OKLAHOMA CITY (CN) – In a classic defamation claim, a man says he lost his job after a newspaper printed a Page 1 photo of him using a bank’s ATM machine, with the caption “Police seek alleged thief.” But it was the wrong photo of the wrong guy, Benedict Mbong says in Federal Court.
Mbong sued JP Morgan Chase Bank, The Norman Transcript newspaper, and the City of Norman.
He says the bank’s security camera captured him making “a regular deposit” at its ATM machine on Sept. 22, 2009.
On Oct. 6, the Norman Transcript printed his photo “on the front page, making his ATM deposit, with the caption ‘Police seek alleged thief,'” he says.
The story “indicated that Mr. Mbong was the person who had stolen a purse to use the ATM card … and that the photograph of Mr. Mbong was that of him attempting to use the stolen card.”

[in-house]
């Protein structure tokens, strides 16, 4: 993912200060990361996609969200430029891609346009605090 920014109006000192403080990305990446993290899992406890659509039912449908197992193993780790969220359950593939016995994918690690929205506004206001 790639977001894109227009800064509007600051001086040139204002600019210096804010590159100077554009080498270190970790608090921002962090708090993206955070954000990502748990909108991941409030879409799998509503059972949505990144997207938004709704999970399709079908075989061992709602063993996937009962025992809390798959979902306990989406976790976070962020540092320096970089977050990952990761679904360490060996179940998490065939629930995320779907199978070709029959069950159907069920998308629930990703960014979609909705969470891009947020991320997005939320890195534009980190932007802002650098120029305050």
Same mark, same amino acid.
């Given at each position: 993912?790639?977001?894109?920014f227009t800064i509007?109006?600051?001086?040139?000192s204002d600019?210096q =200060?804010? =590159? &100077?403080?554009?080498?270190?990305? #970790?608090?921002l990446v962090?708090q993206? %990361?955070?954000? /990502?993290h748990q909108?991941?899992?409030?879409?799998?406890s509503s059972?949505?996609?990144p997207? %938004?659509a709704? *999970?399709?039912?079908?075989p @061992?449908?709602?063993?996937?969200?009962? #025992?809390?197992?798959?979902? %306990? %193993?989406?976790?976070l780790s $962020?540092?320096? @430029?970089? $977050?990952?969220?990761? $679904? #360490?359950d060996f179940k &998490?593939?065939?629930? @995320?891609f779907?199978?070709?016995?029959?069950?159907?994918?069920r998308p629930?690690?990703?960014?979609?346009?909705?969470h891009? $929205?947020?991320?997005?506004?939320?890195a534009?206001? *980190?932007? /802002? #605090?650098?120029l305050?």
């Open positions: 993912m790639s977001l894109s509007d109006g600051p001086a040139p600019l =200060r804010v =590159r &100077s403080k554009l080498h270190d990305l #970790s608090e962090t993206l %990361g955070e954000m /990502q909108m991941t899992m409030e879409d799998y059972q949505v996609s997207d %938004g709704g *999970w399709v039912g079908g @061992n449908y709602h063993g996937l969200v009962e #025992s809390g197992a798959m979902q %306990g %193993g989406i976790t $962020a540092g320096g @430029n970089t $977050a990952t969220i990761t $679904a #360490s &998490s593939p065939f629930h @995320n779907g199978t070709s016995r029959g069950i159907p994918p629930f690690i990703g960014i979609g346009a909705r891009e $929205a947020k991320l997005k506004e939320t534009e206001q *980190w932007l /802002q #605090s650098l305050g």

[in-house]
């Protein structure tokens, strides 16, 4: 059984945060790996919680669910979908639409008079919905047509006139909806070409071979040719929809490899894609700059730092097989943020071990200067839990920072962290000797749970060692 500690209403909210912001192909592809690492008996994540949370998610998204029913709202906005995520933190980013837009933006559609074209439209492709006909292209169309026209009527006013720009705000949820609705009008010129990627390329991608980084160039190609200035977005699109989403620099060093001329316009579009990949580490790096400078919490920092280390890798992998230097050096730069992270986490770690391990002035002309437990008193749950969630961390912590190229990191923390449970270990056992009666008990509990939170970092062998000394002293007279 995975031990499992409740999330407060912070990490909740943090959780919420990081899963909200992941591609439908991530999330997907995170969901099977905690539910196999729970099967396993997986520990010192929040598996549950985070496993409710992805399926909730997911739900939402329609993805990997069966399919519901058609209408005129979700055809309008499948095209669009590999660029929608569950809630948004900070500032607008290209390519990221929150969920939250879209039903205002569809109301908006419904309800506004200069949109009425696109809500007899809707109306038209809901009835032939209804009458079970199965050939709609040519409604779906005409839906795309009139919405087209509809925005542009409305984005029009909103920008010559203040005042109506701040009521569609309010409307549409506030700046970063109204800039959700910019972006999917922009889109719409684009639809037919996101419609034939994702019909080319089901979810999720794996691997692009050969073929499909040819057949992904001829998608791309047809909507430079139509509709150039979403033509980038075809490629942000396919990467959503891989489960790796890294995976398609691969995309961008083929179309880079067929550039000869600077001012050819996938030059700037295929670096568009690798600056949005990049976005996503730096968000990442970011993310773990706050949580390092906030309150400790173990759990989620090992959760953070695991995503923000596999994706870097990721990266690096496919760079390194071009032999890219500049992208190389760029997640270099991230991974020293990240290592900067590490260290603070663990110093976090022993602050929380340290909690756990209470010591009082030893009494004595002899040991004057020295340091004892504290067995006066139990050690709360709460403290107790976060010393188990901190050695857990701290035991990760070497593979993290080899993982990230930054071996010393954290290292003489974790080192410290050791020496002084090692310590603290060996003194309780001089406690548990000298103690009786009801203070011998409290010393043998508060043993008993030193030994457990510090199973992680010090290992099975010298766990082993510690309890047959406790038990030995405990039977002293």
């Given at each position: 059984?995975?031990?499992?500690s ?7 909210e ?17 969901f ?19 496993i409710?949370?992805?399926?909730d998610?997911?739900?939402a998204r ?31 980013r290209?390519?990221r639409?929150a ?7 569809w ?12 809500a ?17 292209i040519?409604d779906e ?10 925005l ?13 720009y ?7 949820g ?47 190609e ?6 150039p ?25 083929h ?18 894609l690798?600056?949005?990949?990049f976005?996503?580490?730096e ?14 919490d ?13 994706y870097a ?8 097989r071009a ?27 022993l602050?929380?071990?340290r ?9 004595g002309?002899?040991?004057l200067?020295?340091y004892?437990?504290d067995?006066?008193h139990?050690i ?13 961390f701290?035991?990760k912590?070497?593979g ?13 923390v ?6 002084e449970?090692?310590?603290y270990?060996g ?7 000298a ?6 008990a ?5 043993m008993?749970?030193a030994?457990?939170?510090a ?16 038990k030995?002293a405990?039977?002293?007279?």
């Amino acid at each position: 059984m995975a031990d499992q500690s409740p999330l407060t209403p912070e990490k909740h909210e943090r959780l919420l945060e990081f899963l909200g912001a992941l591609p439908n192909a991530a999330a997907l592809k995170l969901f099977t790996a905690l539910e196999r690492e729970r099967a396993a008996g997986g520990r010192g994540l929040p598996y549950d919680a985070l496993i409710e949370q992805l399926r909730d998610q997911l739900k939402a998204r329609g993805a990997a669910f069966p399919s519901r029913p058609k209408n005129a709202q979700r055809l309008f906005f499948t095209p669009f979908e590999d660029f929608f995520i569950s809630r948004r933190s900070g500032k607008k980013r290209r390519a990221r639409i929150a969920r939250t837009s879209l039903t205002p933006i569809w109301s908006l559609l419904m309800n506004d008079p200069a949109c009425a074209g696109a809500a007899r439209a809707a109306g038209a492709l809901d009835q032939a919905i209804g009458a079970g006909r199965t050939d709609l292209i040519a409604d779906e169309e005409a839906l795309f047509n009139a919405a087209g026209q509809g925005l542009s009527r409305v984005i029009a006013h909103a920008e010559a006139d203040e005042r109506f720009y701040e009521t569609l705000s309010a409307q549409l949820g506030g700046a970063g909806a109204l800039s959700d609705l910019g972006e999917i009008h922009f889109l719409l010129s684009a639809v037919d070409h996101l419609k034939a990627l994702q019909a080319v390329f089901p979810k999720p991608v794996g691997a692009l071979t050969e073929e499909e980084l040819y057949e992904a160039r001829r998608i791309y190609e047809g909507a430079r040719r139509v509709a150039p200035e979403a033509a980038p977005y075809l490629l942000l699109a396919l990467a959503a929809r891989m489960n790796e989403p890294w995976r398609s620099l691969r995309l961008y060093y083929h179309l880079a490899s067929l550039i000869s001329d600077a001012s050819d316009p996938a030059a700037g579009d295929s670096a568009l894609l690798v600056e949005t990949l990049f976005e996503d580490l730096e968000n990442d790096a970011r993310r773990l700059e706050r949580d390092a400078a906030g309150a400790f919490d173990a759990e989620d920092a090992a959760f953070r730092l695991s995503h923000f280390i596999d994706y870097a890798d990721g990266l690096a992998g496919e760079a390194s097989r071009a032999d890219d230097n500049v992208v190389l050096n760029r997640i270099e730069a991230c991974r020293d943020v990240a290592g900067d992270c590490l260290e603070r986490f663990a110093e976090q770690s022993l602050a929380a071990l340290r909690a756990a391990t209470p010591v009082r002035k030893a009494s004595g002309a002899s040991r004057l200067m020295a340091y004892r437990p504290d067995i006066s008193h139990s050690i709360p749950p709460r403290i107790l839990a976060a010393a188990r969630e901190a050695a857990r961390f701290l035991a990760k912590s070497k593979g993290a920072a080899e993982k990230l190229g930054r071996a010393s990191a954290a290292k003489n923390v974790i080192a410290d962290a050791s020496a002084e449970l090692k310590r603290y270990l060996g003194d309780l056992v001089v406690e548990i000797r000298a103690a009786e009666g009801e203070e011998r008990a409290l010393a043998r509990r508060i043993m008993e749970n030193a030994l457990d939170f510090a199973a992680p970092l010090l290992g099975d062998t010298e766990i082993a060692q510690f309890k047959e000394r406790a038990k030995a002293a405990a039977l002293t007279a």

He says the photo and story were republished on local TV and the Internet.
But Mbong says he had nothing to do with the crime, and that Norman’s assistant city attorney admitted it in a letter of Oct. 9. Mbong says the city’s attorney sent him the letter at the insistence of his own attorney.
It was too late for Mbong, though. “As a result of the foregoing events, Mr. Mbong was terminated from his job and ostracized by his peers,” he says. “Mr. Mbong made many attempts to verify the inaccuracy of the reports to the bank, police department and newspaper, to no avail.”
Mbong sued the Norman Transcript, the City of Norman and J.P. Morgan Chase Bank for negligence, defamation, libel, invasion of privacy, false light, intentional infliction of emotional distress and breach of the Financial Privacy Act.
He seeks damages in excess of $75,000.
Mbong is represented David Keesling with Richardson Richardson and Boudreaux of Tulsa.